Recently, I was trying to write a little client script for Apache Solr.
It was just supposed to add some data, retrieve it, and delete it.
I thought I’d just do obvious things.

But as it turns out I actually had to read carefully.You see, if I post to http://localhost:8983/solr/my_collection/update/json/docs a JSON document {“id”: “1”,”title”: “Doc 1”}, it shows up somewhere other than http://localhost:8983/solr/my_collection/update/json/docs/1.[ Get your websites up to speed with HTML5 today using the techniques in InfoWorld’s HTML5 Deep Dive PDF how-to report. | Learn where HTML5 is headed next. ]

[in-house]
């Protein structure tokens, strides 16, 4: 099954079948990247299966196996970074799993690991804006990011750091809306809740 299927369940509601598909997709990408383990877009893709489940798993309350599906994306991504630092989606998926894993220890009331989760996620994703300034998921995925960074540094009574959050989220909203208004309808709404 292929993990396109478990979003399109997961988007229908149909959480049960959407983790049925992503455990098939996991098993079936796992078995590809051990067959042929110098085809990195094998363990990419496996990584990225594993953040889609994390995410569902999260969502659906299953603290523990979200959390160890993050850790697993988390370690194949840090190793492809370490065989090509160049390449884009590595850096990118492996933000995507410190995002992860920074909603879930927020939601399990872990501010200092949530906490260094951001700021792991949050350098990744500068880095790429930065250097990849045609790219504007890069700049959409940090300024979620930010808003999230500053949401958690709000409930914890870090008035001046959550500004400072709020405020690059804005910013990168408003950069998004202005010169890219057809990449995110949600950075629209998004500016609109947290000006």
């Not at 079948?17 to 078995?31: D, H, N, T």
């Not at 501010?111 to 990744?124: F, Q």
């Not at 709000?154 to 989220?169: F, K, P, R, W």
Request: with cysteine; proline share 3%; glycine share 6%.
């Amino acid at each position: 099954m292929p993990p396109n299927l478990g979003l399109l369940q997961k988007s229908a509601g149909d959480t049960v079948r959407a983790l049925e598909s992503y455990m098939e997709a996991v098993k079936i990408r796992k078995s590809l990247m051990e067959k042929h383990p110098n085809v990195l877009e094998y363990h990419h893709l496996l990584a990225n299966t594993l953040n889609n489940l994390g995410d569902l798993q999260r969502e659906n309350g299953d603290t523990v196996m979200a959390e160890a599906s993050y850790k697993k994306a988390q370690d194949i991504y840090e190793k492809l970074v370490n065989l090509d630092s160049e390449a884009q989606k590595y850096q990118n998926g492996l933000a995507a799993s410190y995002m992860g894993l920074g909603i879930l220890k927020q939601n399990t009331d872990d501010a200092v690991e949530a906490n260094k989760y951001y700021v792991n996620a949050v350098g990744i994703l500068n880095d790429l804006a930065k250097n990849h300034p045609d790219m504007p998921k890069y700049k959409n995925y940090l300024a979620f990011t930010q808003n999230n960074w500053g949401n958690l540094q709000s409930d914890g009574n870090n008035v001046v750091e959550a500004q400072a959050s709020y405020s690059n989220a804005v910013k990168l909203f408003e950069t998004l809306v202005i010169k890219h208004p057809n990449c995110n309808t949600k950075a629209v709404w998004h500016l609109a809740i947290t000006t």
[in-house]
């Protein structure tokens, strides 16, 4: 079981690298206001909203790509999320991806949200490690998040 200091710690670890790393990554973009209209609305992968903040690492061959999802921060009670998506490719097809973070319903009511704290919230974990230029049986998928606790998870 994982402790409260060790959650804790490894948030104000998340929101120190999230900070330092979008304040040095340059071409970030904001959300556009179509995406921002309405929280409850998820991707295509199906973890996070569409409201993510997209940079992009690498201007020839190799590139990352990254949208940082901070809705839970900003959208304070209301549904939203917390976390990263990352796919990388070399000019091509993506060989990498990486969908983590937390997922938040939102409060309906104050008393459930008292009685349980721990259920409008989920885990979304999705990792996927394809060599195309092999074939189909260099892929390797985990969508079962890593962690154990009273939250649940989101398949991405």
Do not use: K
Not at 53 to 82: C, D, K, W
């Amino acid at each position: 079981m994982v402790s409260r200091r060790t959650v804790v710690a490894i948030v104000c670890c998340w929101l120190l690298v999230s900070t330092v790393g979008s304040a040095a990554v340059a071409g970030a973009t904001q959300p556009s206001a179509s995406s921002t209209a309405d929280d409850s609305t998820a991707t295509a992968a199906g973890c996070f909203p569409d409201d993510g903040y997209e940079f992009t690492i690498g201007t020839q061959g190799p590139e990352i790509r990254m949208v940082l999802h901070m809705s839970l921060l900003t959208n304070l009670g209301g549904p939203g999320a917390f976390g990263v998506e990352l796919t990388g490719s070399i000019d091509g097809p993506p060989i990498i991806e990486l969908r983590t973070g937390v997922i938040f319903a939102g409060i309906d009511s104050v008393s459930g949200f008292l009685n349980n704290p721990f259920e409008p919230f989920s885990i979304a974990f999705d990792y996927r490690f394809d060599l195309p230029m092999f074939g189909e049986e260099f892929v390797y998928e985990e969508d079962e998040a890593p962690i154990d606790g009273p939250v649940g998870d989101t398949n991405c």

Solr is essentially a search engine.
Solr has a HTTP/JSON-based API. However, it isn’t exactly a REST API because it doesn’t really follow any of the rules for a well-defined REST interface.
I whine about this sometimes. Maybe one day if I have time I’ll even fix it. (I work for Lucidworks, which does most of the development of Solr.)To read this article in full or to leave a comment, please click here

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